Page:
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The Themes of The House of the Seven Gables by Nathanial Hawthorne - Essay Example

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This paper "The Themes of The House of the Seven Gables by Nathanial Hawthorne" focuses on the fact that although N. Hawthorne wrote his stories in the 19 century, he wrote them using a subject matter that reflected the ideals and way of life of early colonists in Puritan-influenced New England.   …
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The Themes of The House of the Seven Gables by Nathanial Hawthorne
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Download file to see previous pages “Nathaniel’s passivity and indolence appeared especially unmanly in the presence of Robert Manning’s energetic capabilities, not only to the uncle but to the boy himself. The resulting self-distrust was to be permanently in conflict with Hawthorne’s innate pride” (Erlich, 1984). His family’s Puritan past would weigh heavily upon him throughout his life and would be strongly reflected within his writings. Although he was strongly encouraged to take up the family trade and become a merchant marine, Hawthorne had decided, by age 17, that he wanted to be a writer.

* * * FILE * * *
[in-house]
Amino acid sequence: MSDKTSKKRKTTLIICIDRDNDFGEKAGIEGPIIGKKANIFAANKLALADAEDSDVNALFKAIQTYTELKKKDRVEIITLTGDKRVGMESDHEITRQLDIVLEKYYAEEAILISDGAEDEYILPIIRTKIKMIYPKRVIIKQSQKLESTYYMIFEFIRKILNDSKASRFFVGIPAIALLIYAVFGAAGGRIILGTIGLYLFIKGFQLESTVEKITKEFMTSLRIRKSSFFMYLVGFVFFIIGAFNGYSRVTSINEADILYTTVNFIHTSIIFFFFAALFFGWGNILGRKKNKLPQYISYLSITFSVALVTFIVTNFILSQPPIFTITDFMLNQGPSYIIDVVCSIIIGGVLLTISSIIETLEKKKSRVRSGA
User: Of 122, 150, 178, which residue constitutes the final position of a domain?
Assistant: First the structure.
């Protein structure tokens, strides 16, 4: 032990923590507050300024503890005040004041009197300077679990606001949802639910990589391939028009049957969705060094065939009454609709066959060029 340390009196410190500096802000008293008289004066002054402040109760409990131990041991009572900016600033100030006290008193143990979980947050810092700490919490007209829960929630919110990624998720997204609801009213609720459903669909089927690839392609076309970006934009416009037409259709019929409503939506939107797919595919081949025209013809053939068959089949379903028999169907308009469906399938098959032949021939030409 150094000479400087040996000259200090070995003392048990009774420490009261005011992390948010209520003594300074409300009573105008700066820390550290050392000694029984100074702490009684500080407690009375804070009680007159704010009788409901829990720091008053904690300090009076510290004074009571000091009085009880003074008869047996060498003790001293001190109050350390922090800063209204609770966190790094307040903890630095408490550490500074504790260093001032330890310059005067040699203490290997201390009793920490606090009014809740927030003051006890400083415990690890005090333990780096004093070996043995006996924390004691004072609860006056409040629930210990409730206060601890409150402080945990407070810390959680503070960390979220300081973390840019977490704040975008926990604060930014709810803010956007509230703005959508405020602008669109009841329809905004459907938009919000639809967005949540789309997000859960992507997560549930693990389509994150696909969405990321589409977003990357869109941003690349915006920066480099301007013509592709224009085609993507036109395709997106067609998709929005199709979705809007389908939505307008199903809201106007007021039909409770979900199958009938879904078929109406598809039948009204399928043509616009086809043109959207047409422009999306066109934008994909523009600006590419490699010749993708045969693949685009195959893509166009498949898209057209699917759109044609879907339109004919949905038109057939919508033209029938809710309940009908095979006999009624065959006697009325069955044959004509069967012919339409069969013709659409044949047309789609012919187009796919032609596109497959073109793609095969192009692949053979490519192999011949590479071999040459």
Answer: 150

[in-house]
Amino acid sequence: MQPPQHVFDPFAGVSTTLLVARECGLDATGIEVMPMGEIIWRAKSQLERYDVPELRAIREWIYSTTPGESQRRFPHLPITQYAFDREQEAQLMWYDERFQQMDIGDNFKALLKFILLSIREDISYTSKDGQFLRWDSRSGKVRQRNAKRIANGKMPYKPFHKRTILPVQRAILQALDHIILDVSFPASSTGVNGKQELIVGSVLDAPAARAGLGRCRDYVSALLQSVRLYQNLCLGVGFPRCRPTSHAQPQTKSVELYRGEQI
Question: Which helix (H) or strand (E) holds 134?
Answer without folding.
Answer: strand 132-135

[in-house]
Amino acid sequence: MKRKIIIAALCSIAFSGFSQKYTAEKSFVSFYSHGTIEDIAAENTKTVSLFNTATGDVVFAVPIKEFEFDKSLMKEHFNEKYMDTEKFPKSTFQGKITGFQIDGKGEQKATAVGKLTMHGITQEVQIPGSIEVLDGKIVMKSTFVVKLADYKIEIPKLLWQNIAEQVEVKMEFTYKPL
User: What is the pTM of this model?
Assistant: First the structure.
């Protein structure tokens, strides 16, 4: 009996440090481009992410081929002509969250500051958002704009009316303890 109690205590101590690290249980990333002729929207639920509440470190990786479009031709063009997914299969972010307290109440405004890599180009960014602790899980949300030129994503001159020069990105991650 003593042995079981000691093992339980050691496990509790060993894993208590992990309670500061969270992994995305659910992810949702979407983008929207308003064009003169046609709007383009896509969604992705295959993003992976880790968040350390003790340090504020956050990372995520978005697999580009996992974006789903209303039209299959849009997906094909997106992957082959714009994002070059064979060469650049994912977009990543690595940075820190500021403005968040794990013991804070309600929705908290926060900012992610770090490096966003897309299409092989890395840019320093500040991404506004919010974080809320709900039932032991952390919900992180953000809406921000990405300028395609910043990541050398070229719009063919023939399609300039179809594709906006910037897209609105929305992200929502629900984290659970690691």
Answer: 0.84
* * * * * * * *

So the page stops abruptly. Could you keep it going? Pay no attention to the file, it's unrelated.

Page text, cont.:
Hawthorne’s official education started at the Samuel H. Archer School as preparation for college at the age of 15 and then entered the Bowdoin College in Brunswick, Maine by 1821 (Swisher, 1996). While he was there, he formed lifelong friendships with future literary giant Henry Wordsworth Longfellow, future president Franklin Pierce and future Navy Commander Horatio Bridge. He also spent another 12 years following college living in his mother’s house and educating himself in how to be a good writer by studying his Puritan past, nonfiction and fiction works of note (Swisher, 1996). While he always styled himself a writer, he held several small jobs necessary to support himself. These included magazine editor, customs house worker (in a variety of capacities) and as a farmer for a brief period at Brook House, an experimental commune (Swisher, 1996). After he moved to the Lenox countryside to escape angry Salem residents, he met Herman Melville who was to have a profound influence on The House of Seven Gables. “The presence of this brooding mariner, poetic soul such as Hawthorne’s father had been, stirred the deepest memories – and doubts – of the older writer. Melville’s talk of the sea, of time, eternity, death, myth, and literature, his metaphysical leaping, struck Hawthorne’s own particular woe.   ...Download file to see next pagesRead More
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